© 2023 MJH Life Sciences™ and Infection Control Today. All rights reserved.
By Lawrence F. Muscarella, PhD
Growthin minimally invasive surgery has spawned the development of complex endoscopicinstruments designed to accommodate the physician's surgical technique. However,to the frustration and dismay of many reprocessing staff and infection controlpractitioners, these complex instruments typically are not designed tofacilitate cleaning and sterilization. Some feature delicate fiberoptic andplastic components readily damaged by heat, precluding steam sterilization.Examples include flexible endoscopes. Whereas steam is likely to conduct throughthe surfaces of surgical instruments and upon condensation release energy thatdestroys even the most resistant and inaccessible microorganisms,low-temperature gases, vapors, and liquid sterilants require direct contact tobe effective.1 Moreover, the physical design of some of these complexinstruments include narrow lumens and orifices that hinder the delivery of theselow-temperature chemical agents to every contaminated surface, as required toachieve sterilization.1
In addition to flexible endoscopes, biopsy forceps are an example of acomplex instrument that does not facilitate cleaning of all of its potentiallycontaminated surfaces, particularly its hinge mechanism that controls theopening and closing of its cups. Although complex and designed with an internalwire and lumen that can become contaminated with patient debris,2reusable biopsy forceps are designed using materials like stainless steel thatcan withstand the rigors and stresses of steam sterilization. Reports of steamautoclaved biopsy forceps transmitting disease have not been documented.2Only in instances when the biopsy forceps were inadequately cleaned or alow-temperature biocidal agent, such as 2% glutaraldehyde, was used in lieu ofpressurized steam has cross-infection been reported.3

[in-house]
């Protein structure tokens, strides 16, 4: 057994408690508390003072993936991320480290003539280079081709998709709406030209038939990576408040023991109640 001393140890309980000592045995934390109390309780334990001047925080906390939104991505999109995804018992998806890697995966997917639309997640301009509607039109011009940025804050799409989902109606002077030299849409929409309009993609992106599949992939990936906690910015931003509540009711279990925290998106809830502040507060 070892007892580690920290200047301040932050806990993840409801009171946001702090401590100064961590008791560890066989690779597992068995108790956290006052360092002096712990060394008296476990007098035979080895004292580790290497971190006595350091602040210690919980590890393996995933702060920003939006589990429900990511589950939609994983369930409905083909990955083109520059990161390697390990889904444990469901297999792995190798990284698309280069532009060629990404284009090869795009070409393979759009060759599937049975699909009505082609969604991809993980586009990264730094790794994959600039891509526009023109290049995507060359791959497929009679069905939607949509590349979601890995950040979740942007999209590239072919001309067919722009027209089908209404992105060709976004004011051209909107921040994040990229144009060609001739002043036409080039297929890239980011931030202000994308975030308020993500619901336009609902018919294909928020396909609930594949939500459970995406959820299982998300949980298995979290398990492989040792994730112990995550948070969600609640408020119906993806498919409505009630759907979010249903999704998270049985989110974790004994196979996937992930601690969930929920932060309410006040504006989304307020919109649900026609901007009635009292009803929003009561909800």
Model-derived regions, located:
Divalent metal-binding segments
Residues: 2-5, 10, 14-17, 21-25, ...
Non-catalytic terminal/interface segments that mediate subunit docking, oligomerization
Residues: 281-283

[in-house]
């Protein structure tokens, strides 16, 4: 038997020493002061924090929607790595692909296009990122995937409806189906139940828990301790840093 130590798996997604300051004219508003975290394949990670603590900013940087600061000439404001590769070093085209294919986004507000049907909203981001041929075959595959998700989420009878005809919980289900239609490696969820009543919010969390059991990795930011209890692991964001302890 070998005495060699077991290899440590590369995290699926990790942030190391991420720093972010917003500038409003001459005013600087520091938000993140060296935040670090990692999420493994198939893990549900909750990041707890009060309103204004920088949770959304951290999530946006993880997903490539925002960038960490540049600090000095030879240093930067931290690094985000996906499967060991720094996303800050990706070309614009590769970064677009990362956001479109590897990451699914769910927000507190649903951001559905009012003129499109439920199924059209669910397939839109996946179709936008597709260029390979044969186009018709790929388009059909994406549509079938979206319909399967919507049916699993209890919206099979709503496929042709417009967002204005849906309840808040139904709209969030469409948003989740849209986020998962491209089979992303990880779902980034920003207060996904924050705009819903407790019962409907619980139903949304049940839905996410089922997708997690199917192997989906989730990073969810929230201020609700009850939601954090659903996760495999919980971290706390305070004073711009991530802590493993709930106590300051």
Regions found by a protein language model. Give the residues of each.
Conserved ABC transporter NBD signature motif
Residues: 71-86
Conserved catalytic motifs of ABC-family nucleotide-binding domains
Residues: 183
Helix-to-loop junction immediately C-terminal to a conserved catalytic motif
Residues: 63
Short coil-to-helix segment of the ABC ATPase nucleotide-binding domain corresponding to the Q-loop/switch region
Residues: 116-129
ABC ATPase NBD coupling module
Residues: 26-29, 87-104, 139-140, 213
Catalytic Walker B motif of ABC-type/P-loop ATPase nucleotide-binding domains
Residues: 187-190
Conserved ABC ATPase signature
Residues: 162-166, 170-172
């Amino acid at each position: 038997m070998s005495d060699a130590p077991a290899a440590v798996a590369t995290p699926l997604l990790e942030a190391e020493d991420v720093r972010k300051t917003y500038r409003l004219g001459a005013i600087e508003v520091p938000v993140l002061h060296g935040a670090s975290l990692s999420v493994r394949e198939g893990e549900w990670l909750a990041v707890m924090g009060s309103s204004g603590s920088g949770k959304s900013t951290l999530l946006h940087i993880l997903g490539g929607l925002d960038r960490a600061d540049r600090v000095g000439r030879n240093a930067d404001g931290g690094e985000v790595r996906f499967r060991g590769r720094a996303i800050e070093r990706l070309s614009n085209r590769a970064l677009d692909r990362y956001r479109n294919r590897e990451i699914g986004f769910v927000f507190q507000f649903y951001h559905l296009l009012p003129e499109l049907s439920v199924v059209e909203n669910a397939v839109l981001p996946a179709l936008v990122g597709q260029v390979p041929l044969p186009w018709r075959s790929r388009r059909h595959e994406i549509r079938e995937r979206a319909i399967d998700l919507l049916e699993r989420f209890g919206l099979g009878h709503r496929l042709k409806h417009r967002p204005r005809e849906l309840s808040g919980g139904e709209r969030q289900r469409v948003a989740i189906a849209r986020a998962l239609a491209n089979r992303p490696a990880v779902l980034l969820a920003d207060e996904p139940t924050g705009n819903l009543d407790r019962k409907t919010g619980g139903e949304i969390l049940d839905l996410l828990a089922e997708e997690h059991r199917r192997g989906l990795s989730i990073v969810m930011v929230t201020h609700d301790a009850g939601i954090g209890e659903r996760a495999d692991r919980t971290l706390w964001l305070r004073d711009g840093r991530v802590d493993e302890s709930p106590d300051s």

Cleaning is an integral component of virtually all instrument reprocessingguidelines. Several endoscopy and infection control organizations have publishedguidelines for the proper cleaning and sterilization of flexible endoscopes,biopsy forceps and other types of endoscopic instruments.4,5 Iflabeled for reuse, instruments require manual pre-cleaning, using a brush anddetergent solution, to remove gross patient debris. Because complex endoscopicinstruments may remain contaminated with patient debris even after manualbrushing, most reprocessing guidelines recommend also using ultrasonic energy toremove fine debris that might otherwise be inaccessible and remain on theinstrument. Unless the cleaning process effectively removes microorganisms andorganic debris from even the most inaccessible surfaces of a contaminatedinstrument, the sterilization process is likely to fail. Developing moreadvanced cleaning technologies that can adapt to even the most complex surgicalinstruments and clean their most inaccessible internal surfaces is crucial tothe prevention of patient infection.